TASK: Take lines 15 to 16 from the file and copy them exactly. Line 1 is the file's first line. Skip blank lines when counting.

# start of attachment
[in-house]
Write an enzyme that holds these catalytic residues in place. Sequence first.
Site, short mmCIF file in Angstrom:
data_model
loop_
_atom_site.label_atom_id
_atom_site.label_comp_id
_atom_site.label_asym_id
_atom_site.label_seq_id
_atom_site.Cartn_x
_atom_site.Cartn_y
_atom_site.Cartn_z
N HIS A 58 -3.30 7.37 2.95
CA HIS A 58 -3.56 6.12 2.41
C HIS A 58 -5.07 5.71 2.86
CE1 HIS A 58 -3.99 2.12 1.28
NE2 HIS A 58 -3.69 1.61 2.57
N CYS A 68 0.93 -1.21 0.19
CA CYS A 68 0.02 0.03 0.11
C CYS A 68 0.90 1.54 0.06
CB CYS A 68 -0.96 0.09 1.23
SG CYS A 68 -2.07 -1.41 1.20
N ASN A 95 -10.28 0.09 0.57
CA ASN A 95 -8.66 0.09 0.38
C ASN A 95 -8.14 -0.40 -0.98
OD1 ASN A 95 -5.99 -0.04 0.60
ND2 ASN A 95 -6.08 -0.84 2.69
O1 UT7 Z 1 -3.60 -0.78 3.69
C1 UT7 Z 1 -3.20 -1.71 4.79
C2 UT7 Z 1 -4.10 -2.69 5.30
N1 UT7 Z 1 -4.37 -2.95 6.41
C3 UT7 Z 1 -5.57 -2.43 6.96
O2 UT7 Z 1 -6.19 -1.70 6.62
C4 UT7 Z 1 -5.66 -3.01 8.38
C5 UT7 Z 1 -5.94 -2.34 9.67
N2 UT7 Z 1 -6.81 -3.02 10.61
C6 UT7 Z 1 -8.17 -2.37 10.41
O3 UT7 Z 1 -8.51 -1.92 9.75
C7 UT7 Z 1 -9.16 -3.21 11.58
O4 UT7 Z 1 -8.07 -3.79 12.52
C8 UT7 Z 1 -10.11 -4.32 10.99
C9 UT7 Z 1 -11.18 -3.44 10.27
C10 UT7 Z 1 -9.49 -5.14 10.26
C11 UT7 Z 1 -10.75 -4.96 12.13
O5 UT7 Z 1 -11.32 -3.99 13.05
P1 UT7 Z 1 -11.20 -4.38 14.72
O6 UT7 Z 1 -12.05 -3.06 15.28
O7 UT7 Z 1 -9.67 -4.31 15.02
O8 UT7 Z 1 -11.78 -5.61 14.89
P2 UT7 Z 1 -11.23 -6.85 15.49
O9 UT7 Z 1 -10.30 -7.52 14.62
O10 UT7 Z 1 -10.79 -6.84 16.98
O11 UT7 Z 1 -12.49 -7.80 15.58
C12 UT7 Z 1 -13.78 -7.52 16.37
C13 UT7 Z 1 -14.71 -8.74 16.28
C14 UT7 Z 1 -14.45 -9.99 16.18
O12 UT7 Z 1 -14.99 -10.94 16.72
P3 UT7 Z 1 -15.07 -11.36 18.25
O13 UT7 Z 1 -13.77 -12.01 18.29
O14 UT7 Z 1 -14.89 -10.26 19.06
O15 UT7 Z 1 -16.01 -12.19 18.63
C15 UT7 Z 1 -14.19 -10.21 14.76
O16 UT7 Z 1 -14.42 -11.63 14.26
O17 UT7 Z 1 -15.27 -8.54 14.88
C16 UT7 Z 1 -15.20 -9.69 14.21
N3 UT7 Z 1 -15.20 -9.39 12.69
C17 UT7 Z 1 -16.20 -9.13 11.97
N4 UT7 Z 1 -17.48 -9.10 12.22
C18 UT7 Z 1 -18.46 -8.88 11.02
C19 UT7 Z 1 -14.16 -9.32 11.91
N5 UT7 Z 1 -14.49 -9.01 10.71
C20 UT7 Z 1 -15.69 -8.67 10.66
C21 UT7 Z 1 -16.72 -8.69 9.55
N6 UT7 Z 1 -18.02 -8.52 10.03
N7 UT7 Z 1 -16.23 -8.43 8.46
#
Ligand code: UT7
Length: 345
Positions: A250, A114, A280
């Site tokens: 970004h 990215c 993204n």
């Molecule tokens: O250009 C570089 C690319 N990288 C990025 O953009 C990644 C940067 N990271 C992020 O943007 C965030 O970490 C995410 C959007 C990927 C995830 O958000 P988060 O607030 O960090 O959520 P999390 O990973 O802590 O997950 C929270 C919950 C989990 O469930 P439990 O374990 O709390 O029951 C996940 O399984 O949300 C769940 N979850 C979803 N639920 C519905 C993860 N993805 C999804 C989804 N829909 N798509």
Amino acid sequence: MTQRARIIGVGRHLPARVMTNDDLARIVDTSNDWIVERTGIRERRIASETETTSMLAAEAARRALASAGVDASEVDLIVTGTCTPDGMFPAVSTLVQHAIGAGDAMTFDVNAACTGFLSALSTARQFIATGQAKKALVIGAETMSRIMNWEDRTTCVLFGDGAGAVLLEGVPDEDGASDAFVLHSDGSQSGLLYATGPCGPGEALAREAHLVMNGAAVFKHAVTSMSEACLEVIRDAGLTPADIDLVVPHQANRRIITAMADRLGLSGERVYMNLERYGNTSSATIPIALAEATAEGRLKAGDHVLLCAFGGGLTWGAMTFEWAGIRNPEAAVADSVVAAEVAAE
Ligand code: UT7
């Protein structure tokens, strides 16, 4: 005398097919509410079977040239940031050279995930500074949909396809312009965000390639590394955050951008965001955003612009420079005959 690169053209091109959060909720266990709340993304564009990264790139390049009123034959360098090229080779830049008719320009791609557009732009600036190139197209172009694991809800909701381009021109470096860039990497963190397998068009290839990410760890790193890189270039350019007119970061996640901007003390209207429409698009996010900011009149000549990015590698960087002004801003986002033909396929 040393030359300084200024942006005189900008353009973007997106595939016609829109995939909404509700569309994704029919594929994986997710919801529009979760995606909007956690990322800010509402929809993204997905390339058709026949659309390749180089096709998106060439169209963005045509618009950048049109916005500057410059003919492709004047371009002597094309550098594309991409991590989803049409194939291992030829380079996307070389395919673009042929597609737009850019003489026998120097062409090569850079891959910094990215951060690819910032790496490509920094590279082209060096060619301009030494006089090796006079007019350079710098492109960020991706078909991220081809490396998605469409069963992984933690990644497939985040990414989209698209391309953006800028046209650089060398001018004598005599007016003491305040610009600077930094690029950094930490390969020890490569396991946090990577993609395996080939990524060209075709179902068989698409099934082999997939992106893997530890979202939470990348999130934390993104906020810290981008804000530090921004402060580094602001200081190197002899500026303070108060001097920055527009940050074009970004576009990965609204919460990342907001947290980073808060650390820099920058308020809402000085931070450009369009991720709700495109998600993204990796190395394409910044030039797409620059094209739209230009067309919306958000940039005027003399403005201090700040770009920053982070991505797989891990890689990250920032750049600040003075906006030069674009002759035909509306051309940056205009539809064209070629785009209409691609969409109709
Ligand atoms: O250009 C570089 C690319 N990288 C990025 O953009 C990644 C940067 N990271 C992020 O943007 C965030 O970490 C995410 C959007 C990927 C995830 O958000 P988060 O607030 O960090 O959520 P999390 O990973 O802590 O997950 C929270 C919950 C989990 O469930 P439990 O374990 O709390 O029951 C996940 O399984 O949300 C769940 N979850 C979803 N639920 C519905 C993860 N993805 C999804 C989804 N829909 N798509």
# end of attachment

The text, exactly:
C HIS A 58 -5.07 5.71 2.86
CE1 HIS A 58 -3.99 2.12 1.28